I don’t review shows I’ve worked rehearsals for – my behind-the-scenes experiences invariably color my interpretation, and I think a critic should write from the audience. Still, there has been some interest in my reaction to Willy Wonka Jr., because I’ve written about New Hartford shows in the past.
I love the theater our community built. It is a state-of-the-art wonder, full of possibility. In the past I’ve shouted that students should have more opportunities to work backstage on productions, as well as appear in front of the curtain. (Yesterday, I jotted a bit on that topic.)
I was asked by Rusty Ritzel to help with lighting. (When I tagged Rusty in a post on Facebook, a friend asked if that was the name of the play or what I was drinking.) I met Rusty when I worked on Drowsy Chaperone this fall, although we knew each other by reputation. I was impressed by his stage presence, even more when I watched him run a rehearsal. Rusty is an arts educator by training and temperament – he drives toward an artistic vision in collaboration with performers and technicians, always encouraging, always trying to improve. I recognized a kindred spirit.
I told Rusty my goal was for the students to run their own show, and he agreed. We didn’t have enough time to let them design the lighting, but they were able to run rehearsals during tech (a.k.a. hell) week. Maya Rahn was in charge of the computer lighting board. Despite never having seen one before, she caught on quickly. Sydney Gape and Oscar Klempay ran the followspots. Again, neither had performed that job before, and they learned from the ground up. Luckily I had Susan, a 20-year followspot veteran, to provide training. Sydney and Oscar did a great job on a demanding show – they were on more often than not, with little time to rest between cues. Alivia DeLuke learned the sound board under Joe Fanelli’s tutelage. Backstage: Sarah Bord, Cassidy Fenton, Mohamed Aly, Nathan Benjamin, Cassidy Corbin, Nathaniel Moretz, Sarah Allam, Laurel Beattie, Alvi Das, Matthew Kirkham, Riley Cady, Rachel Daly, Hayley Oliver, Ari Sprague, Mary Magdalene Tehan, Brendan Whitman, Zoe Brown, Catherine Rayhill, Sarah Benson, and Madelyne Morris comprised the student crew. Their concerted trick was to get the actors onstage at the right time in the right costumes and makeup, props and scenery moved in the dark, everything as quickly and silently as possible. Through it all, I mostly stood by with the other adults, advising (which was required less and less frequently, as each mastered their department.)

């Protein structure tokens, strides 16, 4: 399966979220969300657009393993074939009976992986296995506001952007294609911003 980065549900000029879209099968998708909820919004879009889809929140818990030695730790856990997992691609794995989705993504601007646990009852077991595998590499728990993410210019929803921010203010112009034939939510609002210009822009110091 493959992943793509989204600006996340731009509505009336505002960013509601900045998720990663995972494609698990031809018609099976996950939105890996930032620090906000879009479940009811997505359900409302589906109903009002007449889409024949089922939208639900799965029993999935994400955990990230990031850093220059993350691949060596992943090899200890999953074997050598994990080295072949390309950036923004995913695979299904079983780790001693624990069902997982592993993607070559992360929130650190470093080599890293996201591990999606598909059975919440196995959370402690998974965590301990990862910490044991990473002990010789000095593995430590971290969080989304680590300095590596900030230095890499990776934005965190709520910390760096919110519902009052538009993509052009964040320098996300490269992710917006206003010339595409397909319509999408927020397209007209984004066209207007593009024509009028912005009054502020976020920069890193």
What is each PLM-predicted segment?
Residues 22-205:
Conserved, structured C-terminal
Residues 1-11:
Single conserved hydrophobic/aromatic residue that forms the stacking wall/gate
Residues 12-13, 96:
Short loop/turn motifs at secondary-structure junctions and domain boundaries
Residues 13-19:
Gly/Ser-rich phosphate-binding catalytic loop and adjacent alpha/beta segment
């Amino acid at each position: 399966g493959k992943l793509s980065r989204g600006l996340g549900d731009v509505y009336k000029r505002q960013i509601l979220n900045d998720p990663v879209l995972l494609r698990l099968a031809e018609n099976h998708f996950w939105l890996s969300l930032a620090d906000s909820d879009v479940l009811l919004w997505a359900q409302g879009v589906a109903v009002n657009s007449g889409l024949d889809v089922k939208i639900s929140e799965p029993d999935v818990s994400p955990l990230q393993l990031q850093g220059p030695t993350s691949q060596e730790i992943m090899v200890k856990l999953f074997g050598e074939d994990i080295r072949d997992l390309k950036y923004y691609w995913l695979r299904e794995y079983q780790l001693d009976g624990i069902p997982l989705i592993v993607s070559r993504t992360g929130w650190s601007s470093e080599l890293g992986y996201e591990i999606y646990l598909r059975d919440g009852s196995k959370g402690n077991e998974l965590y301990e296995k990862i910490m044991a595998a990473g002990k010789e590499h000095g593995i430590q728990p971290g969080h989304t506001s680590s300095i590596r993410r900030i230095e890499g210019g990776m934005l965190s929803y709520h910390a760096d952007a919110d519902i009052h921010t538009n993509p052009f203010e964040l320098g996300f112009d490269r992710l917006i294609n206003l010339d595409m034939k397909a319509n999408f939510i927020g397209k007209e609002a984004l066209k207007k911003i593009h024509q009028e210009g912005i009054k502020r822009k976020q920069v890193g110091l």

Trevor Jones choreographed. I’ve worked on shows with Trevor before, thankful I didn’t have to learn his moves. For Willy Wonka, that task fell to the Oompa Loompas. It seemed to me there was a constant line of Loompas in the back, out of the main action. Trevor explained there were too many dancers to fit on the stage at once, and he alternated who was in the main group so everyone had a chance. Again, this is the kind of educational focus I was looking for.
The company was wide and well cast. The musical centers on Willy Wonka, an adjustment for me, most familiar with Roald Dahl’s 1964 novel Charlie and the Chocolate Factory. In addition to Wonka there was Charlie, along with 16 other named characters, plus assorted “candy man kids” (does that sound creepy?) and squirrels. An anecdote: “Sarah, how did rehearsal go today?” “Fine, except I had to comfort a crying squirrel.”
The company got better with every run. I watched five rehearsals and two out of three performances. The improvement from first to last was at least 100%, and never went backward. I found myself looking forward to certain line deliveries, particular songs, sharply executed cues. I watched Rusty encourage the cast via his reactions – he’d double over in laughter and convey affirmation. Very few notes. He treated the cast and crew with respect and didn’t condescend. He expected excellence and they worked to live up to the expectation.
I’ve written before that everyone wins in performing arts (unlike sports, which focus on defeating an opponent.) I’m proud to have been part of this winning production.